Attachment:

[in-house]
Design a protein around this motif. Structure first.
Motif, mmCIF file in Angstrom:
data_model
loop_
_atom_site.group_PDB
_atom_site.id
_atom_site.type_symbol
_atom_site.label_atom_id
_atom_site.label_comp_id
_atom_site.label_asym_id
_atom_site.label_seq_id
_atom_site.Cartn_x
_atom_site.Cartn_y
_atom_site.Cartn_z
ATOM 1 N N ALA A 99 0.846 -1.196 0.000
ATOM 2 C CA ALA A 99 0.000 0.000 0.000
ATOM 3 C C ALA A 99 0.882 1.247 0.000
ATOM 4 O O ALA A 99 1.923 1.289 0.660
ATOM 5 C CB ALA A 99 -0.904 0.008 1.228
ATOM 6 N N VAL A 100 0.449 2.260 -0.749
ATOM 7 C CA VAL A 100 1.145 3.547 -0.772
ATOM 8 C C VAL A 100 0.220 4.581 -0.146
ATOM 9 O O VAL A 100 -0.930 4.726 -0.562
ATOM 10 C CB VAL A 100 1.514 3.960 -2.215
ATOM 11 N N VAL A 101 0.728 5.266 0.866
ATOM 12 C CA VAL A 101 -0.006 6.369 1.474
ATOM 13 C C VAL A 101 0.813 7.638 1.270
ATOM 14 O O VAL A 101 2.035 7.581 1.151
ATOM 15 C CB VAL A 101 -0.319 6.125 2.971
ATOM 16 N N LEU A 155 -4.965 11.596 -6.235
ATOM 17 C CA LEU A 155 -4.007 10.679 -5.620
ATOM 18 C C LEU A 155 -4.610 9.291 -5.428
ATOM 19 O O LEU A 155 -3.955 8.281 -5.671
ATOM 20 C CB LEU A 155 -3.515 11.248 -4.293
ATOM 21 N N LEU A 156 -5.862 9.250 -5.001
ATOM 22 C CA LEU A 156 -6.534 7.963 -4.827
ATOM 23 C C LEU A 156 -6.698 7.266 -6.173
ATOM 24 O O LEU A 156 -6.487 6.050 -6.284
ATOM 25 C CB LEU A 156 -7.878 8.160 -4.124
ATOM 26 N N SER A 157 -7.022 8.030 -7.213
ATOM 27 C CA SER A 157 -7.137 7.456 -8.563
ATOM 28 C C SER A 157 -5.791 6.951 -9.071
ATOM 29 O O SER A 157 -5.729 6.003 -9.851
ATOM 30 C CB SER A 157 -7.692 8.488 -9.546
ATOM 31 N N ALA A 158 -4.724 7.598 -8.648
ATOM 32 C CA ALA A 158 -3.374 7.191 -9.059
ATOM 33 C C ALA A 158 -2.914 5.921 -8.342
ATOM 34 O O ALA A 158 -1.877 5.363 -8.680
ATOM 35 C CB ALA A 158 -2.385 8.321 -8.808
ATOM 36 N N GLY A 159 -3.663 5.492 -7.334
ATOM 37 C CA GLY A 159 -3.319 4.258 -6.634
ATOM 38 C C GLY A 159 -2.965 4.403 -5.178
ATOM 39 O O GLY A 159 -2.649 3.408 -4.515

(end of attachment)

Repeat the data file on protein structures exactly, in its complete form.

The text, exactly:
[in-house]
Design a protein around this motif. Structure first.
Motif, mmCIF file in Angstrom:
data_model
loop_
_atom_site.group_PDB
_atom_site.id
_atom_site.type_symbol
_atom_site.label_atom_id
_atom_site.label_comp_id
_atom_site.label_asym_id
_atom_site.label_seq_id
_atom_site.Cartn_x
_atom_site.Cartn_y
_atom_site.Cartn_z
ATOM 1 N N ALA A 99 0.846 -1.196 0.000
ATOM 2 C CA ALA A 99 0.000 0.000 0.000
ATOM 3 C C ALA A 99 0.882 1.247 0.000
ATOM 4 O O ALA A 99 1.923 1.289 0.660
ATOM 5 C CB ALA A 99 -0.904 0.008 1.228
ATOM 6 N N VAL A 100 0.449 2.260 -0.749
ATOM 7 C CA VAL A 100 1.145 3.547 -0.772
ATOM 8 C C VAL A 100 0.220 4.581 -0.146
ATOM 9 O O VAL A 100 -0.930 4.726 -0.562
ATOM 10 C CB VAL A 100 1.514 3.960 -2.215
ATOM 11 N N VAL A 101 0.728 5.266 0.866
ATOM 12 C CA VAL A 101 -0.006 6.369 1.474
ATOM 13 C C VAL A 101 0.813 7.638 1.270
ATOM 14 O O VAL A 101 2.035 7.581 1.151
ATOM 15 C CB VAL A 101 -0.319 6.125 2.971
ATOM 16 N N LEU A 155 -4.965 11.596 -6.235
ATOM 17 C CA LEU A 155 -4.007 10.679 -5.620
ATOM 18 C C LEU A 155 -4.610 9.291 -5.428
ATOM 19 O O LEU A 155 -3.955 8.281 -5.671
ATOM 20 C CB LEU A 155 -3.515 11.248 -4.293
ATOM 21 N N LEU A 156 -5.862 9.250 -5.001
ATOM 22 C CA LEU A 156 -6.534 7.963 -4.827
ATOM 23 C C LEU A 156 -6.698 7.266 -6.173
ATOM 24 O O LEU A 156 -6.487 6.050 -6.284
ATOM 25 C CB LEU A 156 -7.878 8.160 -4.124
ATOM 26 N N SER A 157 -7.022 8.030 -7.213
ATOM 27 C CA SER A 157 -7.137 7.456 -8.563
ATOM 28 C C SER A 157 -5.791 6.951 -9.071
ATOM 29 O O SER A 157 -5.729 6.003 -9.851
ATOM 30 C CB SER A 157 -7.692 8.488 -9.546
ATOM 31 N N ALA A 158 -4.724 7.598 -8.648
ATOM 32 C CA ALA A 158 -3.374 7.191 -9.059
ATOM 33 C C ALA A 158 -2.914 5.921 -8.342
ATOM 34 O O ALA A 158 -1.877 5.363 -8.680
ATOM 35 C CB ALA A 158 -2.385 8.321 -8.808
ATOM 36 N N GLY A 159 -3.663 5.492 -7.334
ATOM 37 C CA GLY A 159 -3.319 4.258 -6.634
ATOM 38 C C GLY A 159 -2.965 4.403 -5.178
ATOM 39 O O GLY A 159 -2.649 3.408 -4.515